FUTURIAN WAR DIGEST - Issue 11 (Vol. 1, Number 11) Aug 1941

On July 7th, US forces landed in Iceland to take over from British forces who had occupied it early in 1940 to prevent Germany using it as a base from which to launch attacks on Atlantic shipping.

On the 13th, in Syria, British and Vichy French forces signed an armistice. However, on the 23rd, Marshall Petain agreed to let Japan use French military bases in Indochina - setting the stage for the eventual Japanese invasions of Singapore and Burma - and the following day all Britons were ordered to leave Vichy France.

Meanwhile, German forces continued to penetrate deep into the USSR, city after city falling to their panzer assault.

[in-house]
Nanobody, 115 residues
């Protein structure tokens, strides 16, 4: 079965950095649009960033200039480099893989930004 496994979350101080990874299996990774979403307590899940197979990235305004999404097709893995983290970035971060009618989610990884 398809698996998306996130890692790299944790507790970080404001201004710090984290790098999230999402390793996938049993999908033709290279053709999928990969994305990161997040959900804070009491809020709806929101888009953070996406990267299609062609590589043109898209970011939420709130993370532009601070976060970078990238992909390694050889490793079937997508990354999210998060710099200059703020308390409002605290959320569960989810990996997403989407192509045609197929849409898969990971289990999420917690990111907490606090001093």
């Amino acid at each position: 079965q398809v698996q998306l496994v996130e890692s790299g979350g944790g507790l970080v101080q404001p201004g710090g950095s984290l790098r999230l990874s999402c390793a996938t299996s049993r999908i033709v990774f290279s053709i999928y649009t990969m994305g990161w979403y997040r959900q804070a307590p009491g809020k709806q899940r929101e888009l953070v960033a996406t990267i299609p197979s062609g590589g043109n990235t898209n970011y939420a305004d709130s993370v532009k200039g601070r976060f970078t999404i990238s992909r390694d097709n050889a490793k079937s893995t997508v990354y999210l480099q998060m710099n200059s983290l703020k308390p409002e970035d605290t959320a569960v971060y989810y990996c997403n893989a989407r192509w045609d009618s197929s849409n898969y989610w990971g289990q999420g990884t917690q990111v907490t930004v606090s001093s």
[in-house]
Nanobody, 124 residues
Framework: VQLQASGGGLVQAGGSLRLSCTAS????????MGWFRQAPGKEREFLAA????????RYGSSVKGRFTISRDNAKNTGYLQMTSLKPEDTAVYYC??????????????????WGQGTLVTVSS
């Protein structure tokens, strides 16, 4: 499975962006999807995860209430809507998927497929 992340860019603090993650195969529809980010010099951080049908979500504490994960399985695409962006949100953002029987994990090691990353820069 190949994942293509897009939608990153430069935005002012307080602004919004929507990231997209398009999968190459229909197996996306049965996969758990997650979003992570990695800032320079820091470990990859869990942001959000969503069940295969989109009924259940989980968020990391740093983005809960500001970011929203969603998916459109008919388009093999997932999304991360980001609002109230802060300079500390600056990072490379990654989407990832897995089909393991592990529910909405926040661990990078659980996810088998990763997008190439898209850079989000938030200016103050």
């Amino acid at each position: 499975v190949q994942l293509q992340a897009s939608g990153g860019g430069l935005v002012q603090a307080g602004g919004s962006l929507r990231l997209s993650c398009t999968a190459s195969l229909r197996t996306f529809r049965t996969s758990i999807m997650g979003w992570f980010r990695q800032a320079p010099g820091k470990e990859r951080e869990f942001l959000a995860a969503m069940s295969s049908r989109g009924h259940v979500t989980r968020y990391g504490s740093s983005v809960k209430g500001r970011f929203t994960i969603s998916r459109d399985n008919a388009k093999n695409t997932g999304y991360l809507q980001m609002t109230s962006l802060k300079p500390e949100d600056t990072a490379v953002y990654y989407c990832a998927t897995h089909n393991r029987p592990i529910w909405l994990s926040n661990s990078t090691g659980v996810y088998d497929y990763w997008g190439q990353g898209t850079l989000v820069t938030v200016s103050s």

Distributed with this issue:

THE BIBLIOFAN #1 - ed. R.G.Medhurst - 4 pages
DAWN SHADOWS #3 - ed. James Parkhill Rathbone - 2 pages
FAN DANCE #1 - ed. DC.S.Youd - 6 pages
TIN TACKS #6 - ed. Don Doughty - 2 pages

page 2 * page 3 * page 4 * page 5 * page 6 * page 7

page 1:............................ ................................................................ .....................................cover art by Harry Turner